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Glass-hybrid plastic offers passive cooling

Low-cost silica-doped polymer excels at daytime radiative cooling by strongly emitting IR light and not absorbing much sunlight

by Mitch Jacoby
February 13, 2017 | A version of this story appeared in Volume 95, Issue 7

If the temperature of buildings could be controlled by simply covering them with a plastic wrap that dissipates daytime heat without consuming electricity, owners could save a bundle on energy costs. Researchers at the University of Colorado, Boulder, have taken a key step in that direction by developing an inexpensive glass-polymer hybrid material that excels in this type of passive cooling (Science 2017, DOI: 10.1126/science.aai7899). Scientists have identified a number of materials for efficient nighttime radiative cooling. But daytime cooling remains a challenge because solar absorbance of just a few percent exceeds many materials’ cooling capacities, causing buildings and other surfaces to become hot. So Colorado mechanical engineers Ronggui Yang, Xiaobo Yin, and coworkers devised a material that strongly emits thermal energy in the form of infrared light and hardly absorbs sunlight. The material, which the team makes via low-cost roll-to-roll manufacturing methods, consists of randomly distributed micrometer-sized SiO2 spheres embedded in a poly(methylpentene) matrix. A 50-μm-thick film of the transparent material containing 6% microspheres by volume emits intensely throughout the IR region and reflects approximately 96% of solar radiation when backed with a 200-nm-thick silver coating. Having conducted initial lab tests, the team now plans to evaluate the technology this summer in the form of a 20 m2 roof cover on Colorado’s engineering building.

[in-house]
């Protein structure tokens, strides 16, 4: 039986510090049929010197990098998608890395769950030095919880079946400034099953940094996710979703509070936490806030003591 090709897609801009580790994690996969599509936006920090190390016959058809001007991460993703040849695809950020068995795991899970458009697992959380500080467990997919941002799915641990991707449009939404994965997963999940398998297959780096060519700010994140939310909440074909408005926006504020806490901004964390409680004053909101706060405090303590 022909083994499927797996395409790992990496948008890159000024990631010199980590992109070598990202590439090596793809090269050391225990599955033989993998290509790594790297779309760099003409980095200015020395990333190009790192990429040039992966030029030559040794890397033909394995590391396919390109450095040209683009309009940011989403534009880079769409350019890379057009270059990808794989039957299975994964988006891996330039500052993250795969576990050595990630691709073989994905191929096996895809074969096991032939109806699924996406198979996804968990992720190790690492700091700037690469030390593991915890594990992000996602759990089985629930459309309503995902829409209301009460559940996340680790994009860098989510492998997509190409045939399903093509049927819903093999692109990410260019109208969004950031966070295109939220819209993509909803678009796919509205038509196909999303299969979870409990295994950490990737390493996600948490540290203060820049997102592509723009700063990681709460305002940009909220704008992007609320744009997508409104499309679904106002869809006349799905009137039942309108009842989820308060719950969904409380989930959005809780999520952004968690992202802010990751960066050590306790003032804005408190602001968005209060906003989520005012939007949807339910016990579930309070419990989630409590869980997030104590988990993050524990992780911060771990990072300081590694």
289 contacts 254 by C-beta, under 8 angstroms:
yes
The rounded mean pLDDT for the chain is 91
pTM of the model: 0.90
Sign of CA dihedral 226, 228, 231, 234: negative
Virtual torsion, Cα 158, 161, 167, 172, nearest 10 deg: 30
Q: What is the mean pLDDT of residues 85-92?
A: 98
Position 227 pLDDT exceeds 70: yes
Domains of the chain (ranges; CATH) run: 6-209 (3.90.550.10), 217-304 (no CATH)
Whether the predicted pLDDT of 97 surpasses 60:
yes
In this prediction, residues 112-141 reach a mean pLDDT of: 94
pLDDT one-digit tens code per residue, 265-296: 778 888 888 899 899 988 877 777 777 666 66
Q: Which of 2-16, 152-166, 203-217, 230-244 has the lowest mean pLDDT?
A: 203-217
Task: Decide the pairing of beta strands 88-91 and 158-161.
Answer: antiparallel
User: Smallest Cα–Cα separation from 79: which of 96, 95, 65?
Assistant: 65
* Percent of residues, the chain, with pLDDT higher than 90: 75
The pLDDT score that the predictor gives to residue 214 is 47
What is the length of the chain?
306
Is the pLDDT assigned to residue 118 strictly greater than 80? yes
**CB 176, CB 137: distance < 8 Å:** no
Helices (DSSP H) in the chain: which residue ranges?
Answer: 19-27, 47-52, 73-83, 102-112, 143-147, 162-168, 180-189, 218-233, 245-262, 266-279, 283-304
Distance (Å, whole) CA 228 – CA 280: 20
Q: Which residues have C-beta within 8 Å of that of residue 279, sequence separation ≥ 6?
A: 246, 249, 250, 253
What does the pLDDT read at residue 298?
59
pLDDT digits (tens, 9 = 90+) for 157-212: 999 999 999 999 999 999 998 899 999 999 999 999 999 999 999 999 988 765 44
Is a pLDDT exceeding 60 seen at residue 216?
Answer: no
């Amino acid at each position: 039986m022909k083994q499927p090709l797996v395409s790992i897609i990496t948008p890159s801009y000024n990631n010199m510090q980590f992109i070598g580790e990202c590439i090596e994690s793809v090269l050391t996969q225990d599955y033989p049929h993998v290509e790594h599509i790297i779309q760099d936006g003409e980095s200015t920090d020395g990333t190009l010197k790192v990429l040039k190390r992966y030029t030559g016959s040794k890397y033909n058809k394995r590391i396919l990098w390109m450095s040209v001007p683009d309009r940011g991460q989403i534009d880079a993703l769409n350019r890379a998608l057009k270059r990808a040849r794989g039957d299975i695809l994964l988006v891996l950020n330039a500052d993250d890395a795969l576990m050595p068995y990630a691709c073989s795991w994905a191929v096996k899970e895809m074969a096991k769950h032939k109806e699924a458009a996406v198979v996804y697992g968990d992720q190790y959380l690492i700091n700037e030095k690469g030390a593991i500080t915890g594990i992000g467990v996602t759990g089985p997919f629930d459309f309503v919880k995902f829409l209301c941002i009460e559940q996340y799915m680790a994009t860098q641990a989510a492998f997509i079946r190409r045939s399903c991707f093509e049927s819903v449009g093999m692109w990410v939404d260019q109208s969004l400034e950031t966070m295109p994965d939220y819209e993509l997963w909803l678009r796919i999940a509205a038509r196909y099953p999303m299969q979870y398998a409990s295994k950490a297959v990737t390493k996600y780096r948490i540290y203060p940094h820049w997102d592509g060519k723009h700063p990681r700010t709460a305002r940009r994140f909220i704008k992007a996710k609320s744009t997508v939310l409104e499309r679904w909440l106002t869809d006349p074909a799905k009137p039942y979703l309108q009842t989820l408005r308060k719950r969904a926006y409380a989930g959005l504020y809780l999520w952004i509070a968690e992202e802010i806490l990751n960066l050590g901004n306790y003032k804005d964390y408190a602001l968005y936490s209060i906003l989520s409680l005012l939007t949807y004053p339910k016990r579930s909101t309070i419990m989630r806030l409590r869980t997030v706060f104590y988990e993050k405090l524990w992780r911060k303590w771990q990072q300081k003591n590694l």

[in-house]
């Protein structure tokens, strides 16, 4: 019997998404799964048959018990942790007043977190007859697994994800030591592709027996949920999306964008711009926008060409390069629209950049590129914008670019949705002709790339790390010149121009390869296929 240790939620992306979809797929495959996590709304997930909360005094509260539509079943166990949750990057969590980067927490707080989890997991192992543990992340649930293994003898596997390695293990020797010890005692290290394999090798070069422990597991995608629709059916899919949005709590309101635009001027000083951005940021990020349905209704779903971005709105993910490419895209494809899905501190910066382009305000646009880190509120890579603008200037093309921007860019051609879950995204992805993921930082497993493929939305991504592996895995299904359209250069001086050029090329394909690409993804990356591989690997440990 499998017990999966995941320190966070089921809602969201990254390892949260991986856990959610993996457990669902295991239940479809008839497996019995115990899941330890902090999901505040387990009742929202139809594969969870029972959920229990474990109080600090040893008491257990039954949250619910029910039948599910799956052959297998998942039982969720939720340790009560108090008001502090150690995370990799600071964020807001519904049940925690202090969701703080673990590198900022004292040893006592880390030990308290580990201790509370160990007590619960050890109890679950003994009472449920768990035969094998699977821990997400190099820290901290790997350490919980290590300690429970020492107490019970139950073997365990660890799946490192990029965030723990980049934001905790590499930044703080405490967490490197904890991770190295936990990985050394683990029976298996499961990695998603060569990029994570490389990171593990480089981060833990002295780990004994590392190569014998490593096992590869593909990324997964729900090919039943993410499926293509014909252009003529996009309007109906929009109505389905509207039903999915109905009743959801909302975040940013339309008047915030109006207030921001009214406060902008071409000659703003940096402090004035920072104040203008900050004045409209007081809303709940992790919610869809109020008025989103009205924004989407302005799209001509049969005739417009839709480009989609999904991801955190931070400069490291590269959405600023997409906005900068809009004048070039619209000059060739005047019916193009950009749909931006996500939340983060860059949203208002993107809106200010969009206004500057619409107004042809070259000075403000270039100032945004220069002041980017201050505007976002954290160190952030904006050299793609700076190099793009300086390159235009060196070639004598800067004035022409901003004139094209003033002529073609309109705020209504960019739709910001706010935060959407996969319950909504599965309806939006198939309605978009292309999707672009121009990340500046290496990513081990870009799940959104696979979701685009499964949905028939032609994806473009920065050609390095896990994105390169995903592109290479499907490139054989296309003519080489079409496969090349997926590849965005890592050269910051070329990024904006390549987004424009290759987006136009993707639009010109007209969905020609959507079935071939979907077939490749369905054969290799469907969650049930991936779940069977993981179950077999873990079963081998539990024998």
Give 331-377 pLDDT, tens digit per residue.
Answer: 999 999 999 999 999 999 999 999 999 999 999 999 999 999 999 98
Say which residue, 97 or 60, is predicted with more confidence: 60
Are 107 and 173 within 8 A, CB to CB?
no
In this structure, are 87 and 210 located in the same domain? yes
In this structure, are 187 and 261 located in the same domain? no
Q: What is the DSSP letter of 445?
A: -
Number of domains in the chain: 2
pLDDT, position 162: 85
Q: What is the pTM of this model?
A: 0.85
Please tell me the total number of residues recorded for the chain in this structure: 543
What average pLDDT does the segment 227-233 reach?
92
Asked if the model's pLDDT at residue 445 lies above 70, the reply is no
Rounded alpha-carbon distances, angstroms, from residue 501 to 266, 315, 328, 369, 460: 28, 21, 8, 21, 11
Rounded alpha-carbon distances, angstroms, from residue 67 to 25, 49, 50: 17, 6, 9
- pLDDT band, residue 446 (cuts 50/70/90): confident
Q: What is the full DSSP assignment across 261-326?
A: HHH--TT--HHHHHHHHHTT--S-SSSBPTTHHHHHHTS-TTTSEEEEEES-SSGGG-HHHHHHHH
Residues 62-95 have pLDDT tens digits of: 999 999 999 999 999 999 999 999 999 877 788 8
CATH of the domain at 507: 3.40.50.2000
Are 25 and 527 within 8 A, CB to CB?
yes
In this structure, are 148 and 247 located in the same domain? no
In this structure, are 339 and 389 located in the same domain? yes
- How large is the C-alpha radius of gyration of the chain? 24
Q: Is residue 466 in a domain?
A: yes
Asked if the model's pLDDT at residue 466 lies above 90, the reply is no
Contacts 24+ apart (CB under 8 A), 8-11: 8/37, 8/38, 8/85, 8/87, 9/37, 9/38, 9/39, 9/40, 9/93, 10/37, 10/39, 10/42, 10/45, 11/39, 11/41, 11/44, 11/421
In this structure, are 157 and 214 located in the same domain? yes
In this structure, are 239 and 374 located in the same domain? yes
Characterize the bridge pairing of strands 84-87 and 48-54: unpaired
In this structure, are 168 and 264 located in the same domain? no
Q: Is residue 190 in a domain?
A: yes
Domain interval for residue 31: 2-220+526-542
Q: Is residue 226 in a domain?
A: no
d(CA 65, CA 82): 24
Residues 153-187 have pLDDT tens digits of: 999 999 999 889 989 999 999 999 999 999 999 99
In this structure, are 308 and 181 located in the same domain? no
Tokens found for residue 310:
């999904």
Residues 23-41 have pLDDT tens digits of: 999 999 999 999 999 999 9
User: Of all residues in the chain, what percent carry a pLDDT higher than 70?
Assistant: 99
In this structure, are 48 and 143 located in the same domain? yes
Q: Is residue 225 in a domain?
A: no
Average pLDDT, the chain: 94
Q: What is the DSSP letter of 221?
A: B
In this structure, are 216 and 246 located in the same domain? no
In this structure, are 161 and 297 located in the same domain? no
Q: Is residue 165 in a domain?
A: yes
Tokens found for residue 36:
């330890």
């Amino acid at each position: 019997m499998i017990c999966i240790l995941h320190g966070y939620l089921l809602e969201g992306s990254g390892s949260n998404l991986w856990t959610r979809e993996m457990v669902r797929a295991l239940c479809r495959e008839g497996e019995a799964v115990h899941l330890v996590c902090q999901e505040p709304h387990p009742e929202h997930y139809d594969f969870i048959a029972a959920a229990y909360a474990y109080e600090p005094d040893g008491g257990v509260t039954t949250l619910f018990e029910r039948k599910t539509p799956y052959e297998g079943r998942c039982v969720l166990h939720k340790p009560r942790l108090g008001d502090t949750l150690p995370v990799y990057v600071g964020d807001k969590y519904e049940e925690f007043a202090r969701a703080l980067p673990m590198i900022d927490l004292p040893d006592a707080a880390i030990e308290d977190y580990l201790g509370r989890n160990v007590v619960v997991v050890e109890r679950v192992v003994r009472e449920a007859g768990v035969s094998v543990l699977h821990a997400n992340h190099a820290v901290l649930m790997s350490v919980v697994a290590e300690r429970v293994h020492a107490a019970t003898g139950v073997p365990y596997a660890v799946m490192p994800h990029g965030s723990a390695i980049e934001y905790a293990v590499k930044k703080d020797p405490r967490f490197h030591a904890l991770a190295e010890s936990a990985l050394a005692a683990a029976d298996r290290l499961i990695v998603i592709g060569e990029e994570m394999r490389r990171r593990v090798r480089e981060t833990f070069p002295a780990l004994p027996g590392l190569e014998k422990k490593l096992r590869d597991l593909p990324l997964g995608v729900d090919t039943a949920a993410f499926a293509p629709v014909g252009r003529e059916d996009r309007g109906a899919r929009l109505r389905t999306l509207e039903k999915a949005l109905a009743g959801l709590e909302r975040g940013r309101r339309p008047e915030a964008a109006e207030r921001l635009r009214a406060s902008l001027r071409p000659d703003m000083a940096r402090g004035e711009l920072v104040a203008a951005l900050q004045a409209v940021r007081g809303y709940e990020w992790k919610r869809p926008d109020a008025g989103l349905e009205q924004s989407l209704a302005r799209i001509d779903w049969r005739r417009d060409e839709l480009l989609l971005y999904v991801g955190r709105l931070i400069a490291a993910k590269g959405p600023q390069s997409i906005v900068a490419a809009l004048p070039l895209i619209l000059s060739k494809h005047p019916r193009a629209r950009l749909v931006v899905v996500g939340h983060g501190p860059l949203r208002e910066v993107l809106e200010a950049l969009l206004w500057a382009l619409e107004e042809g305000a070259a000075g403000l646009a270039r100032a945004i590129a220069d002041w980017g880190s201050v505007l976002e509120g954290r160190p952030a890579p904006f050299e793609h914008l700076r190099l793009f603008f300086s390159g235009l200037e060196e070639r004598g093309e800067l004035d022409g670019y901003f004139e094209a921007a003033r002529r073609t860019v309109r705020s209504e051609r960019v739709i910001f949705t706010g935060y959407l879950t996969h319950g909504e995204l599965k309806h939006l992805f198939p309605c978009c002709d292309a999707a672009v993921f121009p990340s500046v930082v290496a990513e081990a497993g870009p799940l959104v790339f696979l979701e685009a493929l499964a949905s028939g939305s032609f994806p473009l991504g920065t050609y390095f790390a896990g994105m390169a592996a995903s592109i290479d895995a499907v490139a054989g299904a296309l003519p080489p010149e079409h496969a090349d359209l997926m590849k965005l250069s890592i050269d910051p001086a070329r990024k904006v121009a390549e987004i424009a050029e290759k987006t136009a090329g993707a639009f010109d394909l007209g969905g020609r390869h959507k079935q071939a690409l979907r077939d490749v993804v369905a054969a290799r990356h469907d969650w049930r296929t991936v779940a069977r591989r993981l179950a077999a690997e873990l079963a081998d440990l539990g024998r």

This image depicts the composition of a glass-embedded polymer and a photo of a large film of the material.
Credit: Science
Produced via roll-to-roll manufacturing, this low-cost film made of silica spheres embedded in a polymer matrix efficiently cools sunlit surfaces.
This image depicts the composition of a glass-embedded polymer and a photo of a large film of the material.
Credit: Science


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